Signed Magnitude

Noticed you reversed my edits of "sign and magnitude". Did a google search "sign and magnitude" 250,000 atrticles, "signed magnitude" 27,000. Your right, I will change the floating point article. Charles Esson 19:50, 1 July 2007 (UTC)

GeSHi syntax highlighting

I've found a few errors with GeSHi (with LaTeX, and have submitted these bugs), however I don't see anything upsetting with the examples in C file input/output. Could you point them out for me, and I'll submit the report. If this concern is in regards to the selection of colours ... I think I'd prefer darker colours overall, and I might submit these recommendations for the default Monobook.css. Thanks. +mt 21:54, 8 July 2007 (UTC)

The colors are certainly wrong; "light-green on white" makes the parentheses impossible to see. (And of course parentheses are important to syntax in C!) Until the colors are fixed, it is wrong to use <source> for C code on Wikipedia. (Pascal is okay, and while Python is still inconsistent with the standard colors, it's at least readable.)
However, a deeper problem prevents the "quick fix" of changing monobook.css — In fact the entire "c.php" language description file is wrong! I've reported this in various places around Wikipedia and to various admins, but nobody's taken it up yet. Basically, "c.php" should look like this. Once that's done, it will be possible to change "monobook.css" so that keywords are highlighted correctly; but until then, GeSHi won't even know what a keyword in C looks like!
If you can get any of GeSHi's problems fixed, I'll be grateful. Myself, I've given up on GeSHi for now; it's a neat idea, but its implementation is horribly broken even aside from all these "minor" language-specific issues. (No wikilink support, whitespace issues, difficulty of adding new languages, naive and limited parser,...) --Quuxplusone 22:04, 8 July 2007 (UTC)
Ah, I see you are far more involved with the underling issues then myself (and I now read your previous discussions here). Hopefully we'll have a good and extendable syntax highlighter sometime in the coming months (or year, depending how things get). Thanks for the infos.+mt 22:13, 8 July 2007 (UTC)

Category:Year of death missing

You reverted an edit of mine there. Per Wikipedia:Avoid self reference, it isn't appropriate for articles or article categories to point to Wikipedia or to the editing process itself. A reader browsing that category in a book would not want to know about bookmarklets. — Carl (CBM · talk) 00:51, 9 July 2007 (UTC)

Category:Year of death missing is not a Wikipedia article. It is an administrative category that is used by editors (not, generally speaking, readers) for an explicitly self-referential purpose: namely, does Wikipedia contain information on the date of death of the individual profiled in a certain article? The entire category is a self-reference!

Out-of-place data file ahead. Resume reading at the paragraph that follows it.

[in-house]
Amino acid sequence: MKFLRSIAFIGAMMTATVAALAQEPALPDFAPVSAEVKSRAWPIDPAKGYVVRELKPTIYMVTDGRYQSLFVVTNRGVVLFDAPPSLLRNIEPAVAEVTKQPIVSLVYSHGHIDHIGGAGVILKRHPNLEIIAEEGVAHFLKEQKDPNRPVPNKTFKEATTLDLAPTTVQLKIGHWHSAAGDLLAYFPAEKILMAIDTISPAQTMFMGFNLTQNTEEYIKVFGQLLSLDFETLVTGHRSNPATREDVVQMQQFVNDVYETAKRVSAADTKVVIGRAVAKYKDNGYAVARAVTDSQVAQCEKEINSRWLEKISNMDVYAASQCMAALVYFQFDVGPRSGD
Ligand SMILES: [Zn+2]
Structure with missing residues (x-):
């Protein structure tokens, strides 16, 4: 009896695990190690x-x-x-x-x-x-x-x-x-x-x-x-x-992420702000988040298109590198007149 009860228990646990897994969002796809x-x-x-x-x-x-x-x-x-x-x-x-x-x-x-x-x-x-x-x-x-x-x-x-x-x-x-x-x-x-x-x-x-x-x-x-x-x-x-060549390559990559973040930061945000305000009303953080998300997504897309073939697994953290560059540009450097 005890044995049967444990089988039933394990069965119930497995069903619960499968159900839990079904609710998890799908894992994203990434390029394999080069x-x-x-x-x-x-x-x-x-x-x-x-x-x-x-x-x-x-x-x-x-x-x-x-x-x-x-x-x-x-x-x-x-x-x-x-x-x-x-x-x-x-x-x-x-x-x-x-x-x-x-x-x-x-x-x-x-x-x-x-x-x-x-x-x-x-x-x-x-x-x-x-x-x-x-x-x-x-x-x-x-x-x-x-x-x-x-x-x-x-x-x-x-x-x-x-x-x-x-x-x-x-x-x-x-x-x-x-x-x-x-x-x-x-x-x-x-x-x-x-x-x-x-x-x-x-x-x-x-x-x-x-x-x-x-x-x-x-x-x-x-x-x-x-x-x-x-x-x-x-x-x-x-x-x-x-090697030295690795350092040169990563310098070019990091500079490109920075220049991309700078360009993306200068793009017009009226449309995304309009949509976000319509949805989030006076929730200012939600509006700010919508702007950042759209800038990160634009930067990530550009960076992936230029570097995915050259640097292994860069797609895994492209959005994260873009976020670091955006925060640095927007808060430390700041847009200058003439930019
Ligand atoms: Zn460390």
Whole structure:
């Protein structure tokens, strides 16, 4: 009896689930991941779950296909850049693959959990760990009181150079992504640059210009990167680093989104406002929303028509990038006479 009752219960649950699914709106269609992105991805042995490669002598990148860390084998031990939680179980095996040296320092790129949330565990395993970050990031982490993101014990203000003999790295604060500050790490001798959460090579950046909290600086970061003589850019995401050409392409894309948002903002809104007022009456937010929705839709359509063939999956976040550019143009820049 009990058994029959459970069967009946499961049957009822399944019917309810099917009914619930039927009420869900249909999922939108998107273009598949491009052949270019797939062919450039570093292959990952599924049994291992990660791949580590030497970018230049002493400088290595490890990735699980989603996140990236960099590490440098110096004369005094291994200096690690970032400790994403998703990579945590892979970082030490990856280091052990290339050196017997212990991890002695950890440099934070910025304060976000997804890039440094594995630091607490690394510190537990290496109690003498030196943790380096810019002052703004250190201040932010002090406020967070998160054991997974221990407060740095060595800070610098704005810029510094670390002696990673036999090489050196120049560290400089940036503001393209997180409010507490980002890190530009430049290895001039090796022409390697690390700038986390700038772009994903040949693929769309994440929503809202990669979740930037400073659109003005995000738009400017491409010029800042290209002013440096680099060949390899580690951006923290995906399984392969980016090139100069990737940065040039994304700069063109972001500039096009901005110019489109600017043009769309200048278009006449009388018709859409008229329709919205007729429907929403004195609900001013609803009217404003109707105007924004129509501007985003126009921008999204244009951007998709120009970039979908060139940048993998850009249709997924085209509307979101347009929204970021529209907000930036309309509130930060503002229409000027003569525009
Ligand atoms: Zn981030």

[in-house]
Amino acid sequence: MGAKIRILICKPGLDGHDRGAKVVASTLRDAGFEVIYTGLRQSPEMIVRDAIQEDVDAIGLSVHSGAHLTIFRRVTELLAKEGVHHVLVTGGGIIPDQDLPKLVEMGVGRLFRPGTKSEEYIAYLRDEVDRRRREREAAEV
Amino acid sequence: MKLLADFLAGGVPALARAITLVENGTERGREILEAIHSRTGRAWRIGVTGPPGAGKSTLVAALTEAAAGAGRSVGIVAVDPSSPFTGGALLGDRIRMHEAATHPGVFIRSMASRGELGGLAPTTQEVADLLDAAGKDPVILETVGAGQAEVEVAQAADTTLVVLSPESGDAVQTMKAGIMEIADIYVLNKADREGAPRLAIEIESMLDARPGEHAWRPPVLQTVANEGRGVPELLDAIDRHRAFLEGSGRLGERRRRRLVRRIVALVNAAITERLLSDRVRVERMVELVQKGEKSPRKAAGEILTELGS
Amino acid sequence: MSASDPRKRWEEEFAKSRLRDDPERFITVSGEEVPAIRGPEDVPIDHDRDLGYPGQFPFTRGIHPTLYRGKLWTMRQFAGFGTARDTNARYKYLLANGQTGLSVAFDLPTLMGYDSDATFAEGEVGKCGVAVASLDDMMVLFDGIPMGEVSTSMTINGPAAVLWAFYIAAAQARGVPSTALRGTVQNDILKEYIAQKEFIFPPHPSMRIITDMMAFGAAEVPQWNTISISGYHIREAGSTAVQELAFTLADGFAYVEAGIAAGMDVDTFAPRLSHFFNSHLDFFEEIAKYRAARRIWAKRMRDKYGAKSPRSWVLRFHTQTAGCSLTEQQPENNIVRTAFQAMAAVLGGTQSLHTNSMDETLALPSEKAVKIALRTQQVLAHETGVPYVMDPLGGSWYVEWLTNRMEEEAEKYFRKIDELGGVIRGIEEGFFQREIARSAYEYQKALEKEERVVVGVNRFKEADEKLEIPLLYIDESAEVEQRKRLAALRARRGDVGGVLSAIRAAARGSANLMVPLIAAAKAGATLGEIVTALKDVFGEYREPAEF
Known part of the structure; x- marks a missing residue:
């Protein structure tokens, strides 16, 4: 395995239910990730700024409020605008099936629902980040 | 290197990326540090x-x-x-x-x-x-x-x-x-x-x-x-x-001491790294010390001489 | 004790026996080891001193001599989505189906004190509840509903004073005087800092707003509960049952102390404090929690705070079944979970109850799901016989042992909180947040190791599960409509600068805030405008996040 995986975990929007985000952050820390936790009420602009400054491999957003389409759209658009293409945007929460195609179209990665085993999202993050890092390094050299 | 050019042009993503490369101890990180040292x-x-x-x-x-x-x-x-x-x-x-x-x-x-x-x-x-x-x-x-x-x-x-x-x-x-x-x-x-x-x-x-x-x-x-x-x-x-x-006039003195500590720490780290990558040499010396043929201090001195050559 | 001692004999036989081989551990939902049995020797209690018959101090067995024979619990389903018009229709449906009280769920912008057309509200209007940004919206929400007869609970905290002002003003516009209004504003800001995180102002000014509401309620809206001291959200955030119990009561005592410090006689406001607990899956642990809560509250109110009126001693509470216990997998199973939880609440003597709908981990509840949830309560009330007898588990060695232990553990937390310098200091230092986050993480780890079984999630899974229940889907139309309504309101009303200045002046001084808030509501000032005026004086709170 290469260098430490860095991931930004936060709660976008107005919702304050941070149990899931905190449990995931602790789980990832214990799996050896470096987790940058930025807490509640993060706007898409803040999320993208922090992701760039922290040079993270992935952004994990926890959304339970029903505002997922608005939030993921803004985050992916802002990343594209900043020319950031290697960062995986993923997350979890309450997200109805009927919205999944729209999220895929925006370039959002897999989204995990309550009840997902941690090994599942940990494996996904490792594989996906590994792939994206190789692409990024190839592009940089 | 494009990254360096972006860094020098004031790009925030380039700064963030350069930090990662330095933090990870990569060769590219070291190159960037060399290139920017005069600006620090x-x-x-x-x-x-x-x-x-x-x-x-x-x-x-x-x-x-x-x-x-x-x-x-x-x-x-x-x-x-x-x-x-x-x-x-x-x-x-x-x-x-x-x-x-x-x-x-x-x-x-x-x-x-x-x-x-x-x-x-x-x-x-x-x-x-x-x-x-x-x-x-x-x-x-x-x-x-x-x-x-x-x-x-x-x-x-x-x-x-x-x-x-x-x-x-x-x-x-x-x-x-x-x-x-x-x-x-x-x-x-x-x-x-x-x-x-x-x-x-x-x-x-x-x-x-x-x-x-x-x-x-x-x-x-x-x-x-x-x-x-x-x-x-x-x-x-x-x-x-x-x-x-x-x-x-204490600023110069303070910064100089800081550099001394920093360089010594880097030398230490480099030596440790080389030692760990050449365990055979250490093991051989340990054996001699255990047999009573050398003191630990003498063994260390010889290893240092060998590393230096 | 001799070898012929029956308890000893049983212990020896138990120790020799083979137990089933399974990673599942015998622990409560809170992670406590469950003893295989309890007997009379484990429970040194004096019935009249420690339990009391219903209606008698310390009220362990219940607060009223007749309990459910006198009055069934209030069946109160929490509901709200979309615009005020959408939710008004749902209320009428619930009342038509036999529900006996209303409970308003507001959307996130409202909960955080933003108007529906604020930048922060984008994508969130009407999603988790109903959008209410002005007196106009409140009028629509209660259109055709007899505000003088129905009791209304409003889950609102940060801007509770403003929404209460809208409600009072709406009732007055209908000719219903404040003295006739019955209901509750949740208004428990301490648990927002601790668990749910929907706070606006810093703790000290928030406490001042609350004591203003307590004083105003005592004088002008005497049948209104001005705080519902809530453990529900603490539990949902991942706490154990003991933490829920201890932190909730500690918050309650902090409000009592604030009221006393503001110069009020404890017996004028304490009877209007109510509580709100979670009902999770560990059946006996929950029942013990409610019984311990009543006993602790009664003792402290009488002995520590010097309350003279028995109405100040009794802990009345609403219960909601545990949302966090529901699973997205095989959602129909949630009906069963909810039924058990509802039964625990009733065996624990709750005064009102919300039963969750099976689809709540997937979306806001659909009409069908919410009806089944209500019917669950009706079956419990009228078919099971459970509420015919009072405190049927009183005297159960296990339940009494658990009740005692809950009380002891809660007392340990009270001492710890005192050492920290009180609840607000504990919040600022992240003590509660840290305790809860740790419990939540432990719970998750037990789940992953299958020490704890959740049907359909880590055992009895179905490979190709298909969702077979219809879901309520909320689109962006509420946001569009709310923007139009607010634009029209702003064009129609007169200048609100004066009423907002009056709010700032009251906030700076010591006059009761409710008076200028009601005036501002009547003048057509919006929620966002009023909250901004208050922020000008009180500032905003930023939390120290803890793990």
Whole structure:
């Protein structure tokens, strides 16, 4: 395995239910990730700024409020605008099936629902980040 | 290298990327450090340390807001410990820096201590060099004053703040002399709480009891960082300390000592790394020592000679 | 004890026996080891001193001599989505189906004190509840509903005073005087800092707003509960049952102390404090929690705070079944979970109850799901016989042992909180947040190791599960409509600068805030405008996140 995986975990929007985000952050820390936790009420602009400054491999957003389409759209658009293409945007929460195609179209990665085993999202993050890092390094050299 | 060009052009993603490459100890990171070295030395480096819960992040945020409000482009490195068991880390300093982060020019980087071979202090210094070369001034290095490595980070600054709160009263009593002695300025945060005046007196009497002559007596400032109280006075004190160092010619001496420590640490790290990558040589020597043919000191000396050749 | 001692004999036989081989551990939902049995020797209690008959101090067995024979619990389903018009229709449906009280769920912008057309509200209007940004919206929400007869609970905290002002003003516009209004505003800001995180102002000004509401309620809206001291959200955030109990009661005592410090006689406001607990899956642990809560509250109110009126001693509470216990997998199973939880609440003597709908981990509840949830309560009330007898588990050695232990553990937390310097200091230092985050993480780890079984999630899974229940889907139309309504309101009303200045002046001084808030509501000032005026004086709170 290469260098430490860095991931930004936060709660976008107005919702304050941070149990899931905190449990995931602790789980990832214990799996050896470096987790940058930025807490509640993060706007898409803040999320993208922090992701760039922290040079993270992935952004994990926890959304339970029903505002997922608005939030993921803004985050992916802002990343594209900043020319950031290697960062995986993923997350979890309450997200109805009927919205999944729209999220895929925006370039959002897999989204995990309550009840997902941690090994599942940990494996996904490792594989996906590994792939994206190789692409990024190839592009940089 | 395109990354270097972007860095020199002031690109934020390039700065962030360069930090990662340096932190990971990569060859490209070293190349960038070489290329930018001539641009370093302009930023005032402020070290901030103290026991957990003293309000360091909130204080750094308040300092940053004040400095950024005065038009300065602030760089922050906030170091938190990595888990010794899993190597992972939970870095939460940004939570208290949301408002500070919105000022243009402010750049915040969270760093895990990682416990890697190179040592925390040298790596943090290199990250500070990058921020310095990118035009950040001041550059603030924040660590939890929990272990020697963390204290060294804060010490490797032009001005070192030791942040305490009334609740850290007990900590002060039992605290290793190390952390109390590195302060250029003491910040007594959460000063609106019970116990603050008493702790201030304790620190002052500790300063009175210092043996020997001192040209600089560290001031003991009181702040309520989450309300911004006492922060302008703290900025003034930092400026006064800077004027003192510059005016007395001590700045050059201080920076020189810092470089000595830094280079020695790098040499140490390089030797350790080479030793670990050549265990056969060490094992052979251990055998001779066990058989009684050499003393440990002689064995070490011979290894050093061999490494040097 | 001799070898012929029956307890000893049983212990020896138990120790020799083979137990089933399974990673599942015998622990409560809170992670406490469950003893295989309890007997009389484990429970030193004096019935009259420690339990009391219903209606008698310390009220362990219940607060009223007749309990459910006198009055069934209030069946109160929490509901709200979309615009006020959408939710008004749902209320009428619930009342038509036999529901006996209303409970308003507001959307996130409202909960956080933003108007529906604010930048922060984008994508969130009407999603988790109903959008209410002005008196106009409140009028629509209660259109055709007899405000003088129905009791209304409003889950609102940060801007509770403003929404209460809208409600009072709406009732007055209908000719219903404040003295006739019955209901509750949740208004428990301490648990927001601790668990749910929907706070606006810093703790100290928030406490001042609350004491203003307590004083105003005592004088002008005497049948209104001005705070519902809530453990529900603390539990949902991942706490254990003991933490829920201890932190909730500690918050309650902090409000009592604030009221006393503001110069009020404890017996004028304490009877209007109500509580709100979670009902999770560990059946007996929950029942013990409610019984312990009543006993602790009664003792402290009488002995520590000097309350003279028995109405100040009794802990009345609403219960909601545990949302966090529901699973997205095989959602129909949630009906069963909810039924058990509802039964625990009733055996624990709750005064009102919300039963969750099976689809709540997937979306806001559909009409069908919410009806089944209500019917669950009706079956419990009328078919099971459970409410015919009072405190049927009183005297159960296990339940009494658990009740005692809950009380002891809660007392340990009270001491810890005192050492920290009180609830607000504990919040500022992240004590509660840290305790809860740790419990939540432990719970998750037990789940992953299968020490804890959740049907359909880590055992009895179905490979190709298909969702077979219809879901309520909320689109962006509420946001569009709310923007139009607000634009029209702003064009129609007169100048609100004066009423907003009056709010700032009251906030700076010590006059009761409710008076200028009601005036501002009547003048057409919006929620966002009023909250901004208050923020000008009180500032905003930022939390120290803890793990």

Anyway, it's obviously useful for editors to know that the bookmarklet exists. If you can phrase that self-reference in a way that seems to you less self-referential, be my guest. I've replaced the words "this bookmarklet" with a more paper-friendly phrase. --Quuxplusone 01:24, 9 July 2007 (UTC)

Green Hills Software

You made the last edit of GHS, I made the second to last. Hi! :-) Many of your edits, I agree with. Others not.

I am an journalist covering embedded tools for a professional electronics magazine. GHS is one of the companies that I talk to and write about, since it is has a big customer base and is often innovative in its products.

Some points where I don't agree with your changes:

  • The term "Optimizing Compiler" is, I think, just a marketing term. All compilers optimize their code.
  • The list of competitors seems generic and imprecise. It is very similar to the other embedded tools vendors competitors list. It also only adresses competitors for the RTOS products and not the compilers and probes, which seems assymetric. I actually do think it would be nice to have a paragraph on competitors, as there are interesting things to be said about this -- there are not many 178B RTOS:es to choose from, for example.
  • "royalty free". This is a slogan GHS uses to describe the pricing of its products. But I do not think for example that these products are license free. So, if you introduce info on pricing, like "royalty free", please be complete in that info and specify for example that there is a license cost, if there is one, which I think there is.
  • "low cost". Compared to what? Other USB probes? I think "low cost" quite obviously should be deleted. The alternative would be to add "high cost" to describe the other probes ... ;-)
  • "ANSI C, including all the features of ANSI C" is a tautology.
  • "multi platform" -- almost all the IDE:s in this business are, so this is in practise redundant. In fact, the interesting platform issue about GHS Multi is that is not Eclipse adapted. I think just about only GHS and Microsoft are not Eclipse now.
  • Awards. Well. Hm. They all have some award to show up, or another, I think. So this does not say much.

So, Quuxplusone, what have you to say to the above? --gnirre 16:53, 10 July 2007 (UTC)

In fact, lets take this to the GHS discussion page. --gnirre 16:53, 10 July 2007 (UTC)

Doubling the cube

Hello Quuxplusone,

If you have the time, can you let me know where you found the (DoubleTheCubeWithUnitRuler.png) diagram located in the "Double the Cube" article.


--Ecb0038 16:21, 29 July 2007 (UTC)

Did you know that you can save time by giving the proper names to things? The article you're asking about is called Doubling the cube. The image you're talking about is called Image:DoublingTheCubeWithUnitRuler.png. Clicking on that wikilink (or clicking on the image itself in the article Doubling the cube) will take you to the "image information" page, which would have told you that I created the image myself.